Five Free Agents Not Named Favre or Vick For the Vikings To Consider

Matthew HockingCorrespondent IAugust 4, 2009

INDIANAPOLIS - DECEMBER 28:  Marvin Harrison #88 of the Indianapolis Colts walks on the field during the game against the Tennessee Titans on December 28, 2008 at Lucas Oil Stadium in Indianapolis, Indiana. (Photo by: Jamie Squire/Getty Images)

We’re a week into training camp, and the excitement about a fresh season tends to creep up on fans a little bit. No matter how bad you think your team is, there’s always some feeling of hope around this time of year, I heard Detroit Lions fans have even stopped crying long enough to notice that the Tigers are in first place.

But somewhere, in the deep recesses of your mind, you know that the seventh round offensive guard blowing people away with his drills is going to get cut in three weeks because he sucks, and that receiver that looks like he’s finally turned the corner in preseason will spend another year dropping balls and running the wrong routes.

With that in mind, I don’t think it’s ever too late to add talent during the preseason, and there are plenty of holes on the Minnesota Vikings to be filled. And no, I don’t mean by Brett Favre or Michael Vick. These are actual, honest signings that the Vikings could, and probably should, make today.

1. Marvin Harrison, WR

I’ll get this one out of the way first, because it’s probably the most unlikely, but it’s also probably the best. Harrison adds almost two decades of experience to an offense that’s desperately lacking it.

He might not be a starting-caliber player any more, but he would easily be the second best receiver on the Vikings, and an upgrade to the short range game over Bobby Wade.

While Sidney Rice has had a good camp thus far, he’s not going to draw any attention from Bernard Berrian and Adrian Peterson until he can prove that he can produce in the regular season without being injured. Defenses would have to react to the presence of Harrison.

2. Vonnie Holliday, DT

The potential of losing Pat and Kevin Williams for a four game stretch this season is pretty high, especially with the NHL, MLB, NBA, and USO, along with several other important acronyms joining in on the league’s suit against them.

The thought of playing with a front line made up of Fred Evans and Jimmie Kennedy doesn’t strike fear into the hearts of anybody. Evans is a serviceable backup, but nothing more, and Kennedy is a career journeyman for a reason. He’s not that good.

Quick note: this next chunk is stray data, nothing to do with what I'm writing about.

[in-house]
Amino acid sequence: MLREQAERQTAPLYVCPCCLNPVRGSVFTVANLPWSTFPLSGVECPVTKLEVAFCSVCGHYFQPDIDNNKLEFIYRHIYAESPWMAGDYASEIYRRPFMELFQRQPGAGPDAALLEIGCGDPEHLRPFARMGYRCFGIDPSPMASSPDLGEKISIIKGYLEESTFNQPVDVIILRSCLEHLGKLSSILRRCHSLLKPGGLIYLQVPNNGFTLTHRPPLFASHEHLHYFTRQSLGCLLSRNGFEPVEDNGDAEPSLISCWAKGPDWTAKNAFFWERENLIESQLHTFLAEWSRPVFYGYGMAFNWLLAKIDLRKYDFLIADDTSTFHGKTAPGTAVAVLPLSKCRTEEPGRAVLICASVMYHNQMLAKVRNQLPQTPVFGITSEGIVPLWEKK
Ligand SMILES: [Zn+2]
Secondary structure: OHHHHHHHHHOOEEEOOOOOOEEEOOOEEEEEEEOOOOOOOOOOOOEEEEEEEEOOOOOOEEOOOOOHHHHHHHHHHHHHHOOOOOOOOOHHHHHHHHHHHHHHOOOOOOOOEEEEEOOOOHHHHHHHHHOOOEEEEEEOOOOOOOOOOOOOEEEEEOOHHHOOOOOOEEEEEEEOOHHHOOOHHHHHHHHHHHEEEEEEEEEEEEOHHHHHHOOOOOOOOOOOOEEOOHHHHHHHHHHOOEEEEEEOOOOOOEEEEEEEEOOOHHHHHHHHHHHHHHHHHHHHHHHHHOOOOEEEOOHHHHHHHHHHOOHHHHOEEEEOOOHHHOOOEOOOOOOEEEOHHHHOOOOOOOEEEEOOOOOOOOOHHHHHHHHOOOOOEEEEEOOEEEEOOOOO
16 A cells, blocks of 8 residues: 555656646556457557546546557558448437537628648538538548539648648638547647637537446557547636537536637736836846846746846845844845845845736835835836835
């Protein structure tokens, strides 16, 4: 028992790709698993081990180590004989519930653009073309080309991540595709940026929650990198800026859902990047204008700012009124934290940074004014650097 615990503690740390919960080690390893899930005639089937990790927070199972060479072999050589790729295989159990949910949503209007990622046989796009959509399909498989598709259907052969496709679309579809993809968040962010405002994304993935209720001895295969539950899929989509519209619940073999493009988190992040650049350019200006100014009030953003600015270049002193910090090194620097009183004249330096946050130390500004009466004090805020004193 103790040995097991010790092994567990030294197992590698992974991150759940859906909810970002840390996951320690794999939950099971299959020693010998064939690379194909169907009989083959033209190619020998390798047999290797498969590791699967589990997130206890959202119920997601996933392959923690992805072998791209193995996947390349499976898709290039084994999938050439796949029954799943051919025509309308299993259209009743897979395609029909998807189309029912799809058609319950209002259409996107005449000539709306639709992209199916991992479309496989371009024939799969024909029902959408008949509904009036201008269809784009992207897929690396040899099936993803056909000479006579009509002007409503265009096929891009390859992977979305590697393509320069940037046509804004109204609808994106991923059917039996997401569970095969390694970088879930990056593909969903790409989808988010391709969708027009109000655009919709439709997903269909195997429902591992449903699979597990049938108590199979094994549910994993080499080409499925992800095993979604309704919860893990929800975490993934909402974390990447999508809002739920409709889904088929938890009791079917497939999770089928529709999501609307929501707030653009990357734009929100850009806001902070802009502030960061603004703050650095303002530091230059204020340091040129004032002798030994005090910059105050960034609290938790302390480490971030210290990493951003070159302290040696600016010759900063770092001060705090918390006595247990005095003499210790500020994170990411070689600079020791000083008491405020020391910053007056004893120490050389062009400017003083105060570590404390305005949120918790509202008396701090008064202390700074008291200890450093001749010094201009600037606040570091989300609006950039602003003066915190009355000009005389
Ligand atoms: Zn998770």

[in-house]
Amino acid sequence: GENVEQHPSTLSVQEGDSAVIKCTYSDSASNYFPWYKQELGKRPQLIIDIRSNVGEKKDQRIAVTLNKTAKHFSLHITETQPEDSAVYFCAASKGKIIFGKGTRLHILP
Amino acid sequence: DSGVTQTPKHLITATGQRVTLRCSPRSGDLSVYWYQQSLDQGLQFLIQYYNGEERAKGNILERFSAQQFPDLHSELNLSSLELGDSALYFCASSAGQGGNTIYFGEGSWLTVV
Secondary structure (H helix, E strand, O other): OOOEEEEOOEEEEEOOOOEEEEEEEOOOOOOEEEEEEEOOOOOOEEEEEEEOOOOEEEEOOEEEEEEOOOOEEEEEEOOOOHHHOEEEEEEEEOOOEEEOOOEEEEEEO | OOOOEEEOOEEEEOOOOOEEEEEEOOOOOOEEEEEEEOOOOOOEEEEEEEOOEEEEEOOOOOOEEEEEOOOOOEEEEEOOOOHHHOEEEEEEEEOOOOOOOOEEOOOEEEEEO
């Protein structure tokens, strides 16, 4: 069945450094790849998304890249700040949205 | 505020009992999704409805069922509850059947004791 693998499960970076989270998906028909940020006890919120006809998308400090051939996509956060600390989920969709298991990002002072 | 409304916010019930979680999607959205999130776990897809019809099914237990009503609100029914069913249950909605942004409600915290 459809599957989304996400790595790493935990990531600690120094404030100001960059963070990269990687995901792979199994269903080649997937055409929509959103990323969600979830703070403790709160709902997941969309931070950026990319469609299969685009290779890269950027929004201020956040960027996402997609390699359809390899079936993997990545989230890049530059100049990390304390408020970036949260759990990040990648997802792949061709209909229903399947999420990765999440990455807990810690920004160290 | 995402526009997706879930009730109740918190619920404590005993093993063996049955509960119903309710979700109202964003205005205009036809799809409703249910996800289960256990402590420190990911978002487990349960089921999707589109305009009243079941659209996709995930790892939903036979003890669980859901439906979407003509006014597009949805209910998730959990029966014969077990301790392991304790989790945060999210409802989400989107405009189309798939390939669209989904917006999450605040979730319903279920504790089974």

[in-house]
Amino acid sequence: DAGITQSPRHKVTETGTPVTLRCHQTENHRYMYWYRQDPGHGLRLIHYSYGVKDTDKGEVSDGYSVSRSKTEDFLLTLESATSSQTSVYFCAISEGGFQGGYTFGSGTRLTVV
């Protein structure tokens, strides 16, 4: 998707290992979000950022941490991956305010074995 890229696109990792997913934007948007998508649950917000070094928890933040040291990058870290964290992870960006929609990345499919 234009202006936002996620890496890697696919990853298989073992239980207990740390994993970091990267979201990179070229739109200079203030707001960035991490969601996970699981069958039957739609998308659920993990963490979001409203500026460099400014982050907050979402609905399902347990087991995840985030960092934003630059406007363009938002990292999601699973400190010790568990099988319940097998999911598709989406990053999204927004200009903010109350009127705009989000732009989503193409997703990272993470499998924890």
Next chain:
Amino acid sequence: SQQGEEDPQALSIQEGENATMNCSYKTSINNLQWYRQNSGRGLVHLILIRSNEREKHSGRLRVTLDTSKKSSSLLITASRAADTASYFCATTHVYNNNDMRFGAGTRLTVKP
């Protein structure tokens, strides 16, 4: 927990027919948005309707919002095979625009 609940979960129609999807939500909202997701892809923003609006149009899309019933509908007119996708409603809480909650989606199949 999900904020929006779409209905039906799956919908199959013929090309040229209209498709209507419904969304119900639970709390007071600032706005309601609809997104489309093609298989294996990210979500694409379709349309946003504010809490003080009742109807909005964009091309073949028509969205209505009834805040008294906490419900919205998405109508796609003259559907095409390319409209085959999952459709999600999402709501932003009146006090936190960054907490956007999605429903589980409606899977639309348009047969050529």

Holliday is a sink or swim proposition, given his age and his injury history. But I don’t think it’d be too much to ask him to start four games, and alongside Evans, he might actually end up playing good enough to keep a roster spot once their suspensions are over.

3. Melvin Fowler, C

The Vikings have had their history with Fowler, he spent ten games with them in 2005, but this is a team with a need for offensive line depth, especially at center, where if John Sullivan struggles or gets hurt, their options are currently limited to Ryan Cook or, just letting Sage Rosenfels pick the ball up off the ground.

Fowler might not be the greatest option in the world, but he’s the best free agent center available, and his experience will be a good learning tool for a young player like Sullivan. Plus, he’s versatile enough to be a backup guard.

4. Chris McAllister, CB

McAllister is probably too pricey for a nickel corner, but the Vikings are going to need to explore their options. Especially considering Benny Sapp’s record as a walking penalty machine, Marcus McCauley’s nosedive in production, and the fact that Karl Paymah is, in fact, still Karl Paymah.

McAllister would be a fine third cover corner, slipping outside so that Antoine Winfield could cover the slot, and would also be able to backup at safety, behind second year man Tyrell Johnson, in case Johnson struggles in his first year as a starter.

5. Michael Pittman, RB/FB

The Vikings have enough running backs with Adrian Peterson, Chester Taylor, and Ian Johnson, but if they’re comfortable with Naufahu Tahi at fullback, there’s something wrong.

Tahi’s a serviceable backup, but nothing more, and, in fact, Adrian Peterson got so tired of Tahi plugging up holes and whiffing on blocks last season, that he asked to come out of the backfield alone on most of his rushes. He actually asked to not have a lead blocker.

Pittman’s not going to be the best fullback in the world either, but he’s certainly got the talent and instincts to be an upgrade at the position, with the added benefit of being able to slide in as a RB in certain packages.